(Editor's Note: NFL rosters change wildly from year to year. This year will be no different, as the Cowboys seek to upgrade their roster via free agency and the 2021 NFL Draft. Still, a large percentage of their roster is already in place, and they'll have plenty of work to do to improve last season's 6-10 record. In the coming weeks, the staff of DallasCowboys.com will evaluate those players who are already under contract, examining their past performance and future outlook. Today, we'll continue the series with center, Tyler Biadasz.)
The Good: Unless you're talking about someone like Travis Frederick, the man Biadasz was drafted to replace, it's wise to show a little patience with a rookie center. It's an extremely difficult position to master at the NFL level, so the good news is that Biadasz was thrown into fire in the middle of the season and got his taste of reps. And while he wasn't exactly showing flashes of a young Frederick, he didn't look overwhelmed either. He started four games in the middle of the season before suffering a hamstring injury and looked particularly good blocking in the run game. Center is a position that usually requires development, and so Biadasz hopefully got some of his growing pains out of the way in Year One. Only one other rookie center, Denver's Lloyd Cushenberry, started multiple games this season, and by just about any metric, Biadasz performed better.
The Bad: Being placed on Injured Reserve after injuring his hamstring in pregame warmups certainly wasn't great. Additionally, the offensive line was a huge weak point for the Cowboys when Biadasz was inserted as a starter, but it would be unfair to put that on his shoulders. The team was without both Tyron Smith and La'el Collins at tackle. Zack Martin also missed two of the games when Biadasz was starting. And on top of everything else, Dak Prescott suffered a season-ending ankle injury in Biadasz's first start. Biadasz was snapping the ball to three different starting quarterbacks. All of this was a recipe for disaster and served as pretty chaotic conditions for a rookie center to contend with.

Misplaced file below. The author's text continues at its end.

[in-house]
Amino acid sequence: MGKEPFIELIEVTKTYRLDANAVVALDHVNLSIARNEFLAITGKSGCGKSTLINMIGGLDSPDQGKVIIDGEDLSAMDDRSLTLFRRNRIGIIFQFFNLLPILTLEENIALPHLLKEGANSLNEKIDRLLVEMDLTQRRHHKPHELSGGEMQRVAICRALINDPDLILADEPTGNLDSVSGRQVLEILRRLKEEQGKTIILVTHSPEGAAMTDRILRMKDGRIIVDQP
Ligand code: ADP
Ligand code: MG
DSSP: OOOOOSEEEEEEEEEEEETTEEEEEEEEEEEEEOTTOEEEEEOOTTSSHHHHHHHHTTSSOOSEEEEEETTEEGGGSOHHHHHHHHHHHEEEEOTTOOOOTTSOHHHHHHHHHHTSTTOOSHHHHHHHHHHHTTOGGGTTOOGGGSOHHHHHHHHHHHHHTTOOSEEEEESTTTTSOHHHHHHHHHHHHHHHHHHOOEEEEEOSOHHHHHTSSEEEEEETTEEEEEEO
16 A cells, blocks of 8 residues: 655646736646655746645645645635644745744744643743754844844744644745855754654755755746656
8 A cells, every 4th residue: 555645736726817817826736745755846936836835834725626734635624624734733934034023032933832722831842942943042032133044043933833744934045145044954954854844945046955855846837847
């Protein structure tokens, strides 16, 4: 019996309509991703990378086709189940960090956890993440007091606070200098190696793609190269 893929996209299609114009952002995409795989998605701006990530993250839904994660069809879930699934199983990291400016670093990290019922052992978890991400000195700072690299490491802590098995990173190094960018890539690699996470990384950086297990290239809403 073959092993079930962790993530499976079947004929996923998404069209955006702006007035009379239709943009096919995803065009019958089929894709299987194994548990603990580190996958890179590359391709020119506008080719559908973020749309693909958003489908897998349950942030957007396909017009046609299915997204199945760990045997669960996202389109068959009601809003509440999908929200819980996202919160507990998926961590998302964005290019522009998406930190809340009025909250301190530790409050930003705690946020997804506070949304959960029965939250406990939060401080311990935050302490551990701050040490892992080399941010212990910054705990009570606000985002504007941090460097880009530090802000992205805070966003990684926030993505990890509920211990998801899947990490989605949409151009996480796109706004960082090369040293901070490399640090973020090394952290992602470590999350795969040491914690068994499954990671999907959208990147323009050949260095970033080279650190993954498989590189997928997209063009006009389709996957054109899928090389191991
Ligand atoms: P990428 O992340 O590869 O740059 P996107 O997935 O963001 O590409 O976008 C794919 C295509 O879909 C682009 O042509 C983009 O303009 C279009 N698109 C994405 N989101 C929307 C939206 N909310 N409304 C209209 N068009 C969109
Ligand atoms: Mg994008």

Best of 2020: Biadasz certainly earned the team and coaching staff in his first career start. He started the game snapping the ball to Prescott, who suffered a devastating injury in the third quarter. Andy Dalton entered the game and the team persevered to secure a 37-34 win. The margin of error was small if the Cowboys were going to be able to steal a victory in the aftermath of such a heartbreaking injury. A botched snap to Dalton or a breakdown in blocking easily could have cost them the game. Biadasz didn't blink. He might not have looked dominant. But he looked like belonged.
Contract Consideration: There are still three years remaining on Biadasz's rookie contract, which is worth a total of less than $4 million, a bargain if Biadasz develops into a full-time starter soon.
What's Next? We haven't seen enough of Biadasz to really make any declarative statements about his potential. But it's fair we've seen enough to be cautiously excited. Joe Looney served as the Week 1 starter in 2020, but the veteran is a free agent and his return is no guarantee. Connor McGovern did an admirable job in his multiple starts at left guard. The team will likely let him compete for a starting job, and if that job isn't at left guard, it could possibly be at center. But it's safe to say that the team would like Biadasz to have the type of training camp that convinces them he could start 16 games at center. Whatever the Cowboys' quarterback situation is in 2021, they're going to want the QB to be protected for millions of reasons, so Biadasz is going to have to prove he's capable. His spot on the roster is secured. We'll start seeing what his development looks like next year.